Saturday, July 25, 2020

Once upon a time by the ore docks...

Circus Geek,
found on Weird Old Photos on  Pinterest
 Written by Jim Heffernan, for the Duluth News Tribune, July 25, 2020

 I went to a ball field next to Duluth’s Wade Stadium the other evening, to watch a grandson play kid baseball, and encountered someone I hadn’t thought of in a long time, the Wild Man From Borneo.

 

The encounter was actually a memory of a time, many decades ago, when I realized that about where I was standing watching the ballgame was where the Wild Man From Borneo danced into my life.

 

I hadn’t been around Wade in a long time, but the stadium itself is now surrounded by open ball fields used by Little Leaguers and others. Some of these fields today occupy the area, not far from the ore docks, once used by traveling carnivals and tent circuses as they made their way around the country in summer.

 

On the memorable evening that I first encountered the Wild Man I was 16 years old, cruising around alone in my newly acquired maroon coupe with no particular destination in mind. Since a carnival was in town, I decided to check it out. There’s always some excitement at a traveling carnival.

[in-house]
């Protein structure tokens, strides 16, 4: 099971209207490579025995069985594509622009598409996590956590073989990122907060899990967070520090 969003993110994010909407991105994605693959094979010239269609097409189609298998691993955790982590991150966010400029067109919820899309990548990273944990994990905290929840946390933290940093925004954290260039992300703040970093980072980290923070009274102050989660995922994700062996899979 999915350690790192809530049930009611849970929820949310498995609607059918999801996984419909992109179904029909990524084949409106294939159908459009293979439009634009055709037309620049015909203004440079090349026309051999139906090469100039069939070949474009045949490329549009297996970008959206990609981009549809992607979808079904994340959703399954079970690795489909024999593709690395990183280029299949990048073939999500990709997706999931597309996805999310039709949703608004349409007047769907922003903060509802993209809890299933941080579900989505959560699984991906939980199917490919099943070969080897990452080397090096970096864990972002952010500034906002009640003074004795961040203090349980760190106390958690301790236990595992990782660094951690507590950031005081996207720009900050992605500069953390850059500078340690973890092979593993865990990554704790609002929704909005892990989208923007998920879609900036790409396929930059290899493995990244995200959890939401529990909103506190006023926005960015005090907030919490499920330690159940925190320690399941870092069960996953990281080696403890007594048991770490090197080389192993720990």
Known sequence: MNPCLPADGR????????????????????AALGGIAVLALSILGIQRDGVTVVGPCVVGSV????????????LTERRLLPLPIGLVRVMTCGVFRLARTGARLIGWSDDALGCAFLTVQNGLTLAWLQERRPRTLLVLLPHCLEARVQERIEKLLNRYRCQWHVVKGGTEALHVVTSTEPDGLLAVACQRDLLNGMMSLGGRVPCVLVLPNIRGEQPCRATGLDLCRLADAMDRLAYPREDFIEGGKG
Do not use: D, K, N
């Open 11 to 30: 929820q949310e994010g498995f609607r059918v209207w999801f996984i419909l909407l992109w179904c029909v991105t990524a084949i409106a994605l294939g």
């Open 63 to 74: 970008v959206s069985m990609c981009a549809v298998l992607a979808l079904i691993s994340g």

I’ll say.

 

Wandering past the various “attractions,” I ran into a kid I knew from high school (I was about to enter my senior year) who was very excited, even agitated, like he’d seen something frightening. Of course I can’t remember his exact words, but I’ll try: “You ought to see this guy in there (he pointed to a tent). He bites off the head of live chickens.”

 

My, my. Being a youth of exemplary character (at least in church), I indicated that I had no particular interest in such antics (this was long before the Ozzie Osborne era, actually in the Ozzie and Harriet era), but my friend insisted. “I’ll pay your way if you’ll go in,” he said. And that’s an accurate quote.

 

Well now, I didn’t want to appear to be a chicken myself, so I agreed,

 

And that was where I encountered the Wild Man From Borneo (just off today’s third base line). I’m not sure that’s what he billed himself as. It seems like the description was popular at the time for anyone stepping way out of line and doing something wild and crazy. Anyway, that’s what I’ve always called him, not that he comes up all that often. Also, I cast no aspersions on the Indonesian island of Borneo and its people. There are wild men everywhere. Women too. Even at this carnival.